Education (in progress) Computer Science, UoP - 26 December 2012 - 01 Jan 2013 Computer Science, UoW - 5 Sept, 2012 - 8 Sept, 2012 Computer Science, UoNY - 16 June 2012 - 18 June 2012 Accounting Diploma, G College - 10 Jan 2012 - 17 Jan 2012

    As someone who actually works at WTF Inc, I can tell you - with certainty - that nobody named "Tom" works here!
  • WittyRepliesInc (unregistered) in reply to snoofle
    snoofle:
    Lorne Kates:
    dayneo:
    Interesting that all the developers that make it onto the WTF always seem to "update their resumes" at the end. Are they ever able to hold down a job?

    Tom's resume:

    FFS Corp, Accountant, 2013-03-19 9:00am - 10:37am

    • Familiarized self with legacy Access application
    • Took initiative to install developer tools Technologies used: VB, Access, .Net (C#), Visual Studios, Oracle, Microsoft Office Suite

    Inedo Corp, Programmer, 2013-02-14 9:00am - 9:15am

    • Applied interpersonal communication skills with team lead
    • Made risk/reward assessment of usability of legacy reporting system Technologies Used: Crystal Reports, PCs, multi-line phone systems

    WTF Inc, Programmer, 2013-02-01 9:00am - 12:22pm

    • Championed adoption of ticketing/bug tracking system
    • Championed adoption of version control system
    • Championed adoption of integrated development environment Technologies User: BugTrac, JIRA, Bugzilla, a shared Word document, Hg, SVN, CSV, Source Safe, a shared network drive, Visual Studios 2012, Visual Studios 2008, Visual Studios 2005, Notepad

    Education (in progress) Computer Science, UoP - 26 December 2012 - 01 Jan 2013 Computer Science, UoW - 5 Sept, 2012 - 8 Sept, 2012 Computer Science, UoNY - 16 June 2012 - 18 June 2012 Accounting Diploma, G College - 10 Jan 2012 - 17 Jan 2012

    As someone who actually works at WTF Inc, I can tell you - with certainty - that nobody named "Tom" works here!

    Not anymore.

  • ian (unregistered)

    The WTF is with him this time. Most Developers would ask what is it that i will be working on at the interview. And i would think that most would have walked away.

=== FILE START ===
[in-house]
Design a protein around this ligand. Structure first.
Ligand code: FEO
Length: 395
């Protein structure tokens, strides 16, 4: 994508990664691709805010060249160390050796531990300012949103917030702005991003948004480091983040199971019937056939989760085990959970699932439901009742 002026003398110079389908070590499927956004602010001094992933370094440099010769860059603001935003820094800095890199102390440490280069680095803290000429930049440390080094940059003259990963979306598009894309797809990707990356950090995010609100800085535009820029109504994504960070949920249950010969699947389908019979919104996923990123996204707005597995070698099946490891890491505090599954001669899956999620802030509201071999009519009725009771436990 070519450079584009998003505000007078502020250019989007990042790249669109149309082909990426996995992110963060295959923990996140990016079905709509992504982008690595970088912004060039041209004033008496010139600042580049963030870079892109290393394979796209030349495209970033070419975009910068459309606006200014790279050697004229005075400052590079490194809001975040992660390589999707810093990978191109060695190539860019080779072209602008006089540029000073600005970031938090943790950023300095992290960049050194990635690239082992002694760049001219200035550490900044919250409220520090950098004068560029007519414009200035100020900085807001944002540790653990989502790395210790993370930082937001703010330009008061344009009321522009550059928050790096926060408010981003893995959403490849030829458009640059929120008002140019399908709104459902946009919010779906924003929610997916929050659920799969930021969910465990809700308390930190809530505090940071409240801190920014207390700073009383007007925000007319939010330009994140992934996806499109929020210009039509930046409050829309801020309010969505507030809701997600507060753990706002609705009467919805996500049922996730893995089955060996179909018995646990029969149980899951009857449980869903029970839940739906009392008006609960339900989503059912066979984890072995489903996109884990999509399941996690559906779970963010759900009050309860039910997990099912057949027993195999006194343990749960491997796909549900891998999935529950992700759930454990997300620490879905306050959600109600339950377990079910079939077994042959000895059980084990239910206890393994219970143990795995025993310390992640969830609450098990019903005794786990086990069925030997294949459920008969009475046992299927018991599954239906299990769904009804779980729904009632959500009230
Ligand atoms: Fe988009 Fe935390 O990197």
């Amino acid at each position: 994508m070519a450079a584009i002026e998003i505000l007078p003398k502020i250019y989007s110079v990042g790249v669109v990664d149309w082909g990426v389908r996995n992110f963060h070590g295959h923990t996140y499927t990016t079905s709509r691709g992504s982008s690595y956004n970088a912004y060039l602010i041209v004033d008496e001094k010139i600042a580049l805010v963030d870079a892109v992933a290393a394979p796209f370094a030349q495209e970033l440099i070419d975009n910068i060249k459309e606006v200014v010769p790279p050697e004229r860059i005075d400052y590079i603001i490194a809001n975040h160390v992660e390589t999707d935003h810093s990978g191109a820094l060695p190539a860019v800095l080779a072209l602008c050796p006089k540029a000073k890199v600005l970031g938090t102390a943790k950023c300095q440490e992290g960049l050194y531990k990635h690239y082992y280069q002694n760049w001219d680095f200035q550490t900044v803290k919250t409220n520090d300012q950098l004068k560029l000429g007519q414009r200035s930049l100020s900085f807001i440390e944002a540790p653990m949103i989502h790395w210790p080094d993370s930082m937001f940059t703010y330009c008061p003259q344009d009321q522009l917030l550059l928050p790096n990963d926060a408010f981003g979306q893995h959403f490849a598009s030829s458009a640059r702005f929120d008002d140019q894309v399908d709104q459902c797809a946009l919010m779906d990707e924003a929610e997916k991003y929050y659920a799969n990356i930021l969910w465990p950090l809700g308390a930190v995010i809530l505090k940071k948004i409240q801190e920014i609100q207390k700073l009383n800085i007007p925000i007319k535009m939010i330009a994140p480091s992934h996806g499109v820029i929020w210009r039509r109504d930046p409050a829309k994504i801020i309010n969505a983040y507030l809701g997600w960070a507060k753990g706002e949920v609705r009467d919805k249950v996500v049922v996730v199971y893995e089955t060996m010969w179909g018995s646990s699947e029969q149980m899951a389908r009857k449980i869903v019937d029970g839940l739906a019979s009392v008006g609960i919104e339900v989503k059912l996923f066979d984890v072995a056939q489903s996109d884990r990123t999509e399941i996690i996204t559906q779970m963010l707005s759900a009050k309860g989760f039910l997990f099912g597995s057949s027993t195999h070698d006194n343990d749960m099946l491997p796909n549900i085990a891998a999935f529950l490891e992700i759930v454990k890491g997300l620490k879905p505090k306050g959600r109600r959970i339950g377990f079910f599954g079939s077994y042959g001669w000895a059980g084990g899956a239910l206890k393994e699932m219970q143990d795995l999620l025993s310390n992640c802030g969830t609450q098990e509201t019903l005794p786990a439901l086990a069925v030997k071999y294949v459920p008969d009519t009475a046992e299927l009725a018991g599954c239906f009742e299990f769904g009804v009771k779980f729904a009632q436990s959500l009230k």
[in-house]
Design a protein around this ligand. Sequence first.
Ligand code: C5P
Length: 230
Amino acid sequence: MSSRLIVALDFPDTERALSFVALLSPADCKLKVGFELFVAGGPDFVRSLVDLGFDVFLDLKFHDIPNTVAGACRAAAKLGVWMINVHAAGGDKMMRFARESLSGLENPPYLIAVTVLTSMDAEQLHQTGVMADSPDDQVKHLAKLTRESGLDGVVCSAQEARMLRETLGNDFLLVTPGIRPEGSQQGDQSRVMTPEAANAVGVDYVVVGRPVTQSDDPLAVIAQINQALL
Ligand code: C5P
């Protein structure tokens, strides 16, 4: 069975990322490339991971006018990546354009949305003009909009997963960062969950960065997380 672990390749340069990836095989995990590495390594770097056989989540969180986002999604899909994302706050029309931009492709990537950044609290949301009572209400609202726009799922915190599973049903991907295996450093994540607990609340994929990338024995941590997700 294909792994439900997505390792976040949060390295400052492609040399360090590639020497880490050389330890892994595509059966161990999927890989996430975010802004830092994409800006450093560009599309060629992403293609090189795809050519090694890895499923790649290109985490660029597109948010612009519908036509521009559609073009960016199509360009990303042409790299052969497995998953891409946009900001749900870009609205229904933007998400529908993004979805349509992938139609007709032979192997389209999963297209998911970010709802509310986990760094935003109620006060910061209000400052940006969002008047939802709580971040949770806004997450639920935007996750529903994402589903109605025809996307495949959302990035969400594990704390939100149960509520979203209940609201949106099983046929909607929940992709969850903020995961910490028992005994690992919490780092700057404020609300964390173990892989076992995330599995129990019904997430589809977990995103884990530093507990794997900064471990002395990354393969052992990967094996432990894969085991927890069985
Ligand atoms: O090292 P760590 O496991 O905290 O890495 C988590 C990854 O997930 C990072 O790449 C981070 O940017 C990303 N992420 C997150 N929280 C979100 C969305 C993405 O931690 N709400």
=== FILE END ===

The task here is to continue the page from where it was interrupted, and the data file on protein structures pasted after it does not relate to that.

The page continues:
And why didnt he just download a copy of visual studio express (or sharpdevelop if you want more toys) download sql server express. And build the software using free and open source technologies. I doubt there is anything that access can do that cant be built quickly with those tools. And once it is built and has been running for a few weeks and all the staff are overjoyed at the speed and additional functionality, then its time to discuss his pay rise for improving the whole department without spending a penny. Which would make a better end to this story.

  • xMort (unregistered) in reply to ian

    Access Express could not be used for commercial purposes.

  • (cs) in reply to Smug Unix User
    Smug Unix User:
    Most sane developers ask about the code base, version control, supported OS's, unit testing, tech writers, and everything on the programmer's bill of rights.

    This bears mentioning as well. There's one of two things here:

    1. He did ask and was lied to (e.g. told he'd be on the dev team and instead got put into Financial), in which case the company is at fault.

    2. He didn't ask in which case the fault is his for not asking whoever interviewed him, and raising the alarm if they didn't answer satisfactorily.

    This outfit is clearly not a "sane" shop if a developer gets reprimanded for installing developer tools.

  • luptatum (unregistered)
    While that chugged away, he fired up one of the approved developer tools- Microsoft Word- and started to update his resume.
    I hope the next thing he wrote was a document titled "Why your decisions are stupid and this company sucks", in which he explained in detail why all those decisions by management were wrong, and any other WTFs he might find in the company, which he sent to every person in management immediately after finding a new job.

    No really, they aren't gonna learn if we don't teach them.

  • (cs)

    About the budget thing: my understanding (of the account given here) is that getting Visual Studio/Oracle access is not out of the (IT or other) budget of the financial team, but is straight up forbidden for non-developers, presumably (when combined with that team being forbidden to hire official developers) in order to centralize development in one team/division: corporate IT.

    What is outside the financial team budget (as far as I can tell) is the quote from said corporate IT to convert (as a necessary first step to support) the app to what I guess is the proper corporate architecture, quote which may not even be exagerated given the monstrosity FFS is like; I bet Visual Studio and even the developaccountant salary is peanuts compared to that.

    So the real WTF (besides the bureaucracy) is that corporate IT seems to be run as some sort of internal IT services firm, quoting the other teams for the effort required to support their applications. But the real job of corporate IT is to be a corporate-wide service that ensures computing services (whichever they are) are available to everyone. FFS clearly is mission-critical software, what happens the day it breaks down? Now I'm not saying corporate IT should just mop up anything that comes up in the company and have to support every piece of macro concieved by any half-witted end user in the company, and clearly there has to be ways to make other teams responsible for the costs they incur in IT so that IT can be budgeted, but leaving an application like FFS in a state of unbeing, both mission-critical and not under corporate IT radar, is not the way to do it. Ties a bit into my assessment of "Poke a Dot".